The Globe -- Bethlehem
Monday, November 9, 1925
YANKEE BOOTERS WALLUP CANADA
Archie Stark and Goldie, of Bethlehem Steel Team, Star in Brooklyn Game
AN INTERNATIONAL MATCH

Captained by Bill Carnihan and with the brilliant Archie Stark and flashy Malcolm Goldie sporting the colors of the United States, the American soccer team defeated the pick of the Dominion in the first International soccer contest ever played in this country, by the score of 6 goals to 1, on Sunday, on the water-soaked field of the Brooklyn National League baseball club, before a gather of eight thousand enthusiastic soccer fans.

Victory for the United States came in the second half of the game, when Archie Stark, the star of Bethlehem, scored four goals in succession, eluding the Canadian front line of defense, wallowing to within striking distance and then, with deft thrust of foot or head, passing the hard-working goalie and sending the ball into the net.

Stark a Star

Stark's work during that second half was as brilliant a bit of individuality as ever was seen on an American soccer field. He kept his feet in the slipperiest sort of going, he covered the sloppy turf with remarkable speed, while the mud gripped at his ankles in an effort to hold him back, and he sent the ball forward on each final shot like a phantom sphere that passed always out of reach.

When the first half ended with the score tied at 1-1 and both teams going strong, it appeared that the game would be decided by one lone point, for it seemed impossible for either eleven to tally more than once more in the face of the strong defenses presented. But at the very start of the second half Stark, flanked on one side by Johnny McGuire and on the other by Bob Millar, slipped down the field and past the Canadians' defense. Back and forth among the three the ball was passed as one after another of the Canadians was eluded and then, finally, Millar made a feint, drew the goalie away from his post, shot the ball to Stark, and Archie did the rest.

A few minutes later, after Goldie, the American outside left, had done some remarkable footwork along the sideline and had attracted the attention of the Canadian backs, Stark scored again, this time taking Goldie's perfect pass and heading it in the net. His next tally was made on the rebound. He shot at the goal, hit the post and then as the ball bounced back he drove it to the opposite corner of the cage. His fourth point of the half was made on another head shot, deflecting Goldie's perfect corner kick just enough to send it into the net.

It seemed that every time Stark managed to get his foot within kicking distance of the ball, it mean another point for the United States, but Stark was not alone responsible for the victory. There was little Goldie, who needed only to show his mud-caked uniform to attest the great game he played. Whenever the going was thickest and the Canadians had blocked every advance to their goal, the ball invariably was passed to the outside left and Goldie fooled around with it long enough to draw a swarm of Canadians towards him. Then, when he was practically smothered on all sides by the opposition, he would send a perfect kick to the center of the field and from there it was easy for Stark to accomplish the rest.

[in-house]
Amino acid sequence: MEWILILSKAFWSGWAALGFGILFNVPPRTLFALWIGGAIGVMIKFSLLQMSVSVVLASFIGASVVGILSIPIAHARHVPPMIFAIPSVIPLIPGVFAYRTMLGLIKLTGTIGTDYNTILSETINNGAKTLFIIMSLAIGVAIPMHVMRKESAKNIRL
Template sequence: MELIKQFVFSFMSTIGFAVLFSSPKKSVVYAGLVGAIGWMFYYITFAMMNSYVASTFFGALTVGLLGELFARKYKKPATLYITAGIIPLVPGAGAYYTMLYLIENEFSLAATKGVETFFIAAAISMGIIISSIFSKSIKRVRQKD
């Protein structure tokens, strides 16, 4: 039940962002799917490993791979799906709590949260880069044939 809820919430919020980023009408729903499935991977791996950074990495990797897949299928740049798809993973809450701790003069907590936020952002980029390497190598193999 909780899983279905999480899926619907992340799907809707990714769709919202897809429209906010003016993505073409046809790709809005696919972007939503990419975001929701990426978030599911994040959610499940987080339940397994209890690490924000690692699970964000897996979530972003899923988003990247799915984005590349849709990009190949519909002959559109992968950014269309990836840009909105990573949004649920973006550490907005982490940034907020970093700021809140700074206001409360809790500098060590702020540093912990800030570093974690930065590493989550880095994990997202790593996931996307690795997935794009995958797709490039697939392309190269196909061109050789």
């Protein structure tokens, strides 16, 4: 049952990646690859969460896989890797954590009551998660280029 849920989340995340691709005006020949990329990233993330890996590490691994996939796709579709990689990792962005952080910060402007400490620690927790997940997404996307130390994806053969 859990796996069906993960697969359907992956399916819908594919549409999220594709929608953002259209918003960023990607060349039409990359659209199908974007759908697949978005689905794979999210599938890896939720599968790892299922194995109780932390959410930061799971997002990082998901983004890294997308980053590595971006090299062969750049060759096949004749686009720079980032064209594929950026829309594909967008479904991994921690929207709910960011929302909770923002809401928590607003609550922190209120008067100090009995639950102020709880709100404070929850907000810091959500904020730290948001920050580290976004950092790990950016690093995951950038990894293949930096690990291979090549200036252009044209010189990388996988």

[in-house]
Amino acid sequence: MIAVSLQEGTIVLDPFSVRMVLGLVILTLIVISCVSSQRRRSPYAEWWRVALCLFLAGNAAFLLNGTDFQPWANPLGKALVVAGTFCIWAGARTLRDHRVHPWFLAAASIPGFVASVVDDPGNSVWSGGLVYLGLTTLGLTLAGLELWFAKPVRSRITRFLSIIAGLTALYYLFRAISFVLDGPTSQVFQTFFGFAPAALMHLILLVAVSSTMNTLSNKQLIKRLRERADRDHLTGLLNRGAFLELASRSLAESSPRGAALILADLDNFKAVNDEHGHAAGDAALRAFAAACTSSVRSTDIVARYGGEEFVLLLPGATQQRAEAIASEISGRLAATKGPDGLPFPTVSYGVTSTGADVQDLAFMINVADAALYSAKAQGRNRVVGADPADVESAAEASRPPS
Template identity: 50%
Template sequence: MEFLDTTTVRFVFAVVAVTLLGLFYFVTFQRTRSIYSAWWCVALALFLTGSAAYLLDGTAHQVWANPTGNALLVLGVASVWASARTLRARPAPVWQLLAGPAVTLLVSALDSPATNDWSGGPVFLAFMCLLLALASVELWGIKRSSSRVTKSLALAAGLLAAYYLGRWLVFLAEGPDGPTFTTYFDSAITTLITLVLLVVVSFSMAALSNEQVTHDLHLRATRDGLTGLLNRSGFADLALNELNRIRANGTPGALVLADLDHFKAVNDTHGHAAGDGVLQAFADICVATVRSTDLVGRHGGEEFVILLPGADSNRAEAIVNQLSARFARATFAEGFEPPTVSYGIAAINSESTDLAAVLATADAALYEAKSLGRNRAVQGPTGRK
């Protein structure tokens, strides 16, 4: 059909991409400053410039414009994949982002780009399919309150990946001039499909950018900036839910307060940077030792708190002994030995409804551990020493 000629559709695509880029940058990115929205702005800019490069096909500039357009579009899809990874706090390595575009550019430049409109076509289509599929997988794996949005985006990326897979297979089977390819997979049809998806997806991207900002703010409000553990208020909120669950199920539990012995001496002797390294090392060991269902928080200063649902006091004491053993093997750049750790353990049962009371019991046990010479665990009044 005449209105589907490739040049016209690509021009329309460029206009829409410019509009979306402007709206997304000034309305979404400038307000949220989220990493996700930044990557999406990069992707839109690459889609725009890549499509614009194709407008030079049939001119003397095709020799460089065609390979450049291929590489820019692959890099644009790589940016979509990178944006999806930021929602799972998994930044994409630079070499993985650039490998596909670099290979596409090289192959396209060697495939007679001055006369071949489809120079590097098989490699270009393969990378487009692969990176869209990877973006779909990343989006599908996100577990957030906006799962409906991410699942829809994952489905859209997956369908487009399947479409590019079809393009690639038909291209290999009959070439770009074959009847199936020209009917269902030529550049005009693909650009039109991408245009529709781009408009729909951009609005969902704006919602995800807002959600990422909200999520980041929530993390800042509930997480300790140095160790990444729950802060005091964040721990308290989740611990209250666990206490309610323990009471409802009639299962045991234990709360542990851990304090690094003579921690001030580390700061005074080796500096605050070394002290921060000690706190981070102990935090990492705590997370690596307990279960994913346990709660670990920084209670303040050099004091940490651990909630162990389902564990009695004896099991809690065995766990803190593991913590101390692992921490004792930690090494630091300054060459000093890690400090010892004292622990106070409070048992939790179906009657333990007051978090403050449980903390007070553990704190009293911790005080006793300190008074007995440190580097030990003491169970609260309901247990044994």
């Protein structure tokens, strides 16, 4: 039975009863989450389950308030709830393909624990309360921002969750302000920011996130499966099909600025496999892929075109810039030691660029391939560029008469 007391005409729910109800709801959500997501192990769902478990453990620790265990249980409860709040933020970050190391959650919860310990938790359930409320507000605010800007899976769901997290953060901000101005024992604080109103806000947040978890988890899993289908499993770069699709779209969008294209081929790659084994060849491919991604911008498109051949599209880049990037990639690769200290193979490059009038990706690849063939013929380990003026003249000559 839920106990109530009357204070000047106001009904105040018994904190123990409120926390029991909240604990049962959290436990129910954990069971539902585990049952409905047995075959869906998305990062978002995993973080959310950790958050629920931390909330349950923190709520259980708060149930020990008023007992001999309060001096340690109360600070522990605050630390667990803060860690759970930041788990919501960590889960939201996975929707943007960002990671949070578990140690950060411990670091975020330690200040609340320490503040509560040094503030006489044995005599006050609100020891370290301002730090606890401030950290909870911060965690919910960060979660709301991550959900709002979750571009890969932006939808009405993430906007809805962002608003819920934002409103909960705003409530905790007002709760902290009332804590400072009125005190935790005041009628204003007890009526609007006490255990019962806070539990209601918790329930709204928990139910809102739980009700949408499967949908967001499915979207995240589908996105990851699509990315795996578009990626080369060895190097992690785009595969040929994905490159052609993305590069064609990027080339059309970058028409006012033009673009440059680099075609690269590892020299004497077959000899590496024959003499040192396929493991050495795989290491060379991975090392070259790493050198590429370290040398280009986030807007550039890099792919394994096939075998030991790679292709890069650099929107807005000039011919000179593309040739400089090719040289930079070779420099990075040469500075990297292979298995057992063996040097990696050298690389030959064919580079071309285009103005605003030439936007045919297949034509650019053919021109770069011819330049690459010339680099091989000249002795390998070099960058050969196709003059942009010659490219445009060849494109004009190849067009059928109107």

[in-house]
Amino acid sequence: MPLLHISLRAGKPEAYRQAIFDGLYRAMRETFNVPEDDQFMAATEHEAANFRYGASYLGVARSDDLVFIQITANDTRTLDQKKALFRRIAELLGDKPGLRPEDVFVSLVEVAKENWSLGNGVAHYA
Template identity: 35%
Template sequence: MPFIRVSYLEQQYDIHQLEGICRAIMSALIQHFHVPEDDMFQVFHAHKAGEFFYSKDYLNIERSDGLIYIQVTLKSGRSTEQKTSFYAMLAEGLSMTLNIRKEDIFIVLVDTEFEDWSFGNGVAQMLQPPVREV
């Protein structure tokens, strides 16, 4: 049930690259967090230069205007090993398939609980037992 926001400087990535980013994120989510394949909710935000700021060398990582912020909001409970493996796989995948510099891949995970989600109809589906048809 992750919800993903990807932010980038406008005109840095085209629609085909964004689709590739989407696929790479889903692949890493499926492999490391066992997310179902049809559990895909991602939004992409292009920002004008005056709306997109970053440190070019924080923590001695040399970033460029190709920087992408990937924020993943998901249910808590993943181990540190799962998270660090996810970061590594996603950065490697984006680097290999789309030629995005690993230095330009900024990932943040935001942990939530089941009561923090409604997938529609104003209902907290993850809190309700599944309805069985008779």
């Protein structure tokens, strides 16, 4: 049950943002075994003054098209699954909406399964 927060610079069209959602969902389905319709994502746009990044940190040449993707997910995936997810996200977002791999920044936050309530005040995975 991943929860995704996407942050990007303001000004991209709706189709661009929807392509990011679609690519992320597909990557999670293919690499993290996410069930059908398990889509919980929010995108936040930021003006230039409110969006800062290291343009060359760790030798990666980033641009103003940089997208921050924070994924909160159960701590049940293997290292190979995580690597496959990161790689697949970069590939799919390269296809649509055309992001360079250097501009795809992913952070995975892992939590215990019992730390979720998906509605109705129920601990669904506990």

McGuire and Brown Play Well

There were also McGuire, David Brown, who tallied the first point for the United States, and Tommy Steel, who saved the Americans time after time with his splendid work at goal.

Bad as the weather conditions were, they probably helped the Americans, although none can say that the Canadians would have won on a dry field. However, the muddy going was deterrent to the short-passing game of the Canadians, while it did not hinder so much the long passes of the representatives of the United States. Then, too, the American eleven was bigger and heavier and better suited to the 6,000 square yards of mud that had to be crossed and recrossed. The Canadians were weary and worn at the end and although they tried until the last whistle sounded, it was a hopeless effort.

The lineup:

U. S. A. (6) -- Canada (1)
Steel -- G -- Halliwell
Robertson -- RFB -- Williams
Wilson -- LFB -- Clarke
Kelly -- RHB -- Dierden
Carnihan -- CHB -- Cartwright
Herd -- LHB -- McKean
Brown -- OR -- Faulkner
McGuire -- IR -- Burness
Stark -- CF -- McLaine
Millar -- IL -- McKensie
Goldie -- OL -- Moir
Goals -- United States: Stark 4; Brown 2; Canada, Burness.

Referee -- Tom Cunningham, Brooklyn. Linesmen -- W. Halliday, New York, and J. Fraser, Clifton, N. J. Time of halves -- 45 minutes each.


1925-1926
Bethlehem Steel Soccer Club